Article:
Sitcom Writer

Sitcom Writer


Los Angeles, CA

Female, 33

For over ten years, I’ve had the extreme pleasure of being staffed on several half-hour network sitcoms, rising in the ranks from Staff Writer to Co-Executive producer. My writing partner and I are now developing our own material.

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59 Questions


Last Answer on December 19, 2012

Best Rated

Comedians and writers constantly bash network executives for not having a funny bone in their bodies yet trying to meddle in the creative process. Have you found any network execs that DIDN'T fit that description?

Asked by diesuitdie over 12 years ago

Yes. There are absolutely people who give good notes. I will also say even the people that don't "get it" and give bad notes are worth listening to. No pilot is perfect and a good writer should always look for ways to make it better. But yes...a lot of the notes we get are dumb.

What was your background in preparation for becoming a TV writer?

Asked by Netta_D over 12 years ago

I went to film school. I took one basic writing class. It was a waste of time. You can learn structure from a book. You learn how to be a better writer by writing. You learn how to be useful in a writers' room by being in writers' rooms. You can't be taught a sense of humor. There were benefits to going to film school. I met my writing partner there. I joined a sketch comedy group which was great practice for professional writers' rooms. Moving to Los Angeles was less scary since there were so many classmates who had or who were also making the journey.

If you could work on any show -- past, present, or future -- what would it be?

Asked by Cracked over 12 years ago

I'd want to work on a show that's on for ten years. That's Emmy-winning. That doesn't know the meaning of the words "Too broad." That's hours are 11-5. And that films at a studio a block from my house.

What's the typical salary range for writers on network television shows?

Asked by MarioOC over 12 years ago

On a network sitcom that goes a full season a first-time writer probably makes about $150K. It is not crazy for a high-level writer to make over a million a year.

Is reality TV here to stay?

Asked by RealTV over 11 years ago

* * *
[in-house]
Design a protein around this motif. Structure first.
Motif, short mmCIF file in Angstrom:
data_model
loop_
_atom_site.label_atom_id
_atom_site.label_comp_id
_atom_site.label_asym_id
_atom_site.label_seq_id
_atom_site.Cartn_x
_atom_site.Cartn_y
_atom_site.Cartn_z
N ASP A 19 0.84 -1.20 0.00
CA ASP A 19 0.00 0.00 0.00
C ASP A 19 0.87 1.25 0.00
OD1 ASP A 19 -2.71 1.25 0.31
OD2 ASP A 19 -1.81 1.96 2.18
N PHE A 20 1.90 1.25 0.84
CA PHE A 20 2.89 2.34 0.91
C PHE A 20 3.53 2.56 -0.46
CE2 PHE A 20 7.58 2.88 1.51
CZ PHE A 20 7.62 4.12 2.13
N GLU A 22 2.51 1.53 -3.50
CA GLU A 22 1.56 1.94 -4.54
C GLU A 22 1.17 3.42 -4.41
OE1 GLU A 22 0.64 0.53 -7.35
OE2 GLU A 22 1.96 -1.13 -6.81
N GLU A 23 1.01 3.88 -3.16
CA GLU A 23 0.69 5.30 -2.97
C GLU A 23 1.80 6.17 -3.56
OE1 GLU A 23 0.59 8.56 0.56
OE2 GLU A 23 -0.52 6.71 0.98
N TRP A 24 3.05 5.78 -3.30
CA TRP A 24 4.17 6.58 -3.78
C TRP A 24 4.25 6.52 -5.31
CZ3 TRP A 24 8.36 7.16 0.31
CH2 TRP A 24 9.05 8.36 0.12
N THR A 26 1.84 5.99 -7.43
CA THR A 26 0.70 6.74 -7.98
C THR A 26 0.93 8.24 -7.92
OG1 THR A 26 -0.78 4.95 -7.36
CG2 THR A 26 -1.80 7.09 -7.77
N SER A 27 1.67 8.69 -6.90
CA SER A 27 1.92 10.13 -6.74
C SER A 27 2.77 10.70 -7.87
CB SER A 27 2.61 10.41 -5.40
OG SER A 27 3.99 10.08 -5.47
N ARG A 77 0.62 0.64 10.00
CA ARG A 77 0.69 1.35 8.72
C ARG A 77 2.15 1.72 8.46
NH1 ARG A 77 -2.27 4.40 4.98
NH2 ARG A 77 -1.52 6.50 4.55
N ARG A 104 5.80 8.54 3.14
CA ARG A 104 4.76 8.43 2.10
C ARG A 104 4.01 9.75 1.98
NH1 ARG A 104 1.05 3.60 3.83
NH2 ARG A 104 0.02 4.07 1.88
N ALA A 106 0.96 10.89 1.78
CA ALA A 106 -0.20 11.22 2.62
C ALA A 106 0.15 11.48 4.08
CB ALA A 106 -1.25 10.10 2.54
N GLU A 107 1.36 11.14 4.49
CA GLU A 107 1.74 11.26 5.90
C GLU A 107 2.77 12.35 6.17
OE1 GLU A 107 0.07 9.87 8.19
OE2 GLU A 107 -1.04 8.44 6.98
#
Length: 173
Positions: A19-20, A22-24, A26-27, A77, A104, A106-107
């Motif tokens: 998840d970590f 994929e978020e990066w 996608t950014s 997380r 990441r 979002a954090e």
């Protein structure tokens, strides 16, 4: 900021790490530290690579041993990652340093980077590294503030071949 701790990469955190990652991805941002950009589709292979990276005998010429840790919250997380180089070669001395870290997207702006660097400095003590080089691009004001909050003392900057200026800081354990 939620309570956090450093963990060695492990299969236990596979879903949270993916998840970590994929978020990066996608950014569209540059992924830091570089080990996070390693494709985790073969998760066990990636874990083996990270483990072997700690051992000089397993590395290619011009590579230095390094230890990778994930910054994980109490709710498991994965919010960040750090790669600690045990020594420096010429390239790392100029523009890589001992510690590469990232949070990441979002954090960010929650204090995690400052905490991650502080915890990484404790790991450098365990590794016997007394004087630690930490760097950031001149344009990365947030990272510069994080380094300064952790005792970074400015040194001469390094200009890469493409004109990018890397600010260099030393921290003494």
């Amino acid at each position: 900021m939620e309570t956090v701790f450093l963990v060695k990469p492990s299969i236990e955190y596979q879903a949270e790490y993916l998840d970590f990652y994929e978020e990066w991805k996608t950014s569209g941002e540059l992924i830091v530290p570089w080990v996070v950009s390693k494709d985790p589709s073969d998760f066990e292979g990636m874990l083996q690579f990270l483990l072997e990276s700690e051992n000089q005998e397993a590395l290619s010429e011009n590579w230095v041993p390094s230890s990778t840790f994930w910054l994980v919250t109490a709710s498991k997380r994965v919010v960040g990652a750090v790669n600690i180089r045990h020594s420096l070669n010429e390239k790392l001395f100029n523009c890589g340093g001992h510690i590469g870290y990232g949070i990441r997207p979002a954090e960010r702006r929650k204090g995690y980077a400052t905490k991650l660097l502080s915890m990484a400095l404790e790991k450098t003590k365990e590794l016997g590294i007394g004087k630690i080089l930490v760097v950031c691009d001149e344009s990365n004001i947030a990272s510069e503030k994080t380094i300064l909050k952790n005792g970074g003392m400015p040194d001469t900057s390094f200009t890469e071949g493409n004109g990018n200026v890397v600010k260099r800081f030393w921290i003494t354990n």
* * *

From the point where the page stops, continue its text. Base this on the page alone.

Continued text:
It's here to stay. And is that such a horrible thing? When it's done right it's pretty dang good. And when it's done poorly you can change the channel. The honest truth is at least on my staff - we all talk about Top Chef or Real Housewives of Beverly Hills almost as much as we talk about Game of Thrones or Downton Abbey

Do writers and the network execs think audiences are getting smarter in their TV preferences, or is there an underlying assumption that the public is and always will be "dumb?" (p.s. If you need me I'll be watching Honey Boo Boo.)

Asked by St. Nielsen over 11 years ago

I think that there are two reasons you watch scripted TV. You either want to turn your brain on and be engaged. Or you want to turn your brain off and be relaxed. (Now a show like honey boo boo....I have no theory on) I don't think the public is stupid. I think that after a hard days work you put on something like Two and a Half Men because it's easy. You don't have to think. You can just enjoy and shut your mind off. Can't blame them for that. It's why the Food Network is on my TV like 22 hours a day. And I personally don't think Audiences are becoming smarter. I think they've always been smart. They just have more options now a days (thank you cable!). Twin Peeks, Northern Exposure, Buffy... all had hard core fans. And those fans have just moved on to Homeland, Community and Downton Abbey etc. But you didn't ask me what I think. You asked what the execs think. I don't know. But I do know that in development the simplest ideas are always the ones they want to buy (I can't tell you how many times an idea is bought because the title is funny). They are also aware that the critically acclaimed shows don't get nearly the ratings of the "easy" shows. (Modern Family the exception).

Has anyone ever pitched you an idea that you thought was viable enough to show around?

Asked by TiredTeacher almost 12 years ago

I don't let people pitch me ideas. There are a limited number of ideas in this world (relationship, workplace, crazy family etc.). The odds that I (or someone else) pitch/produce something that is similar to your idea are high. I don't want anyone thinking I "stole" their idea. Having said that, most ideas could be tv shows. Well written, good characters, funny. That's what makes a great show. Not some amazing premise. Think of Everybody Loves Raymond. What was the premise? A man stuck between his wife and his mother? Not original. But well done.